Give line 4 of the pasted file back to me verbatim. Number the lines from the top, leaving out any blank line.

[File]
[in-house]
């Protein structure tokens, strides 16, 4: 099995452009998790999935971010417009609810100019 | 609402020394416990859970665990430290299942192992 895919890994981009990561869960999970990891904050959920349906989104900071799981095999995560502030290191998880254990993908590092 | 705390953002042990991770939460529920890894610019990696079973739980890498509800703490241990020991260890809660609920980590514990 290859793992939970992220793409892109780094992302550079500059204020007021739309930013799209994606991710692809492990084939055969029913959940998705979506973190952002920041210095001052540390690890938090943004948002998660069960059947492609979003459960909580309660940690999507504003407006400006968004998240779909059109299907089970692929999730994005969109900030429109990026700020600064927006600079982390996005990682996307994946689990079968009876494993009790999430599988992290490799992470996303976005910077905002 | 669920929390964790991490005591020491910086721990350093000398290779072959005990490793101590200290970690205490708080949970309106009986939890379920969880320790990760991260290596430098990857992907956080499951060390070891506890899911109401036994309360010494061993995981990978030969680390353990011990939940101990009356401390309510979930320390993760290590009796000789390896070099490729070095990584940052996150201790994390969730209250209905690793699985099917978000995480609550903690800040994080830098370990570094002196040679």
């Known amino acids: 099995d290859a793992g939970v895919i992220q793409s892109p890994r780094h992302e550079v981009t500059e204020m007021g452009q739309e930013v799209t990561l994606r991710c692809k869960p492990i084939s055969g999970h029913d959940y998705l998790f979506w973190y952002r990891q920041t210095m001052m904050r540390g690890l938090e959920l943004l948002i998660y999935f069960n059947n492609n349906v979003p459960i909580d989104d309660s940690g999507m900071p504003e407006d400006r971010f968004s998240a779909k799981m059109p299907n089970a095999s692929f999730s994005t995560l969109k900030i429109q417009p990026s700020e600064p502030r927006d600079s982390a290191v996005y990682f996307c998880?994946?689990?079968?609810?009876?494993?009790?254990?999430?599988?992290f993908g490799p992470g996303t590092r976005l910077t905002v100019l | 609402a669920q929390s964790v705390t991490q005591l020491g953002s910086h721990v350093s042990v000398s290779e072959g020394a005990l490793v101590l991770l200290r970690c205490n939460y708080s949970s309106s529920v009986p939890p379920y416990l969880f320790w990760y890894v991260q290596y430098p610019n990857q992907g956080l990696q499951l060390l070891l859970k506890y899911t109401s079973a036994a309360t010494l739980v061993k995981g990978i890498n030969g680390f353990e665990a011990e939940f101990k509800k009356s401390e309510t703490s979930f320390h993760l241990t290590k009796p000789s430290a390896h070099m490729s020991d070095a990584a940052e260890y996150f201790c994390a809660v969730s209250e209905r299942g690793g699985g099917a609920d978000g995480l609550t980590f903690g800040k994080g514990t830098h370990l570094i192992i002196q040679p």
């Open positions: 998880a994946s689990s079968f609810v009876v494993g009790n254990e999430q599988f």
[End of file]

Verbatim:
């Open positions: 998880a994946s689990s079968f609810v009876v494993g009790n254990e999430q599988f």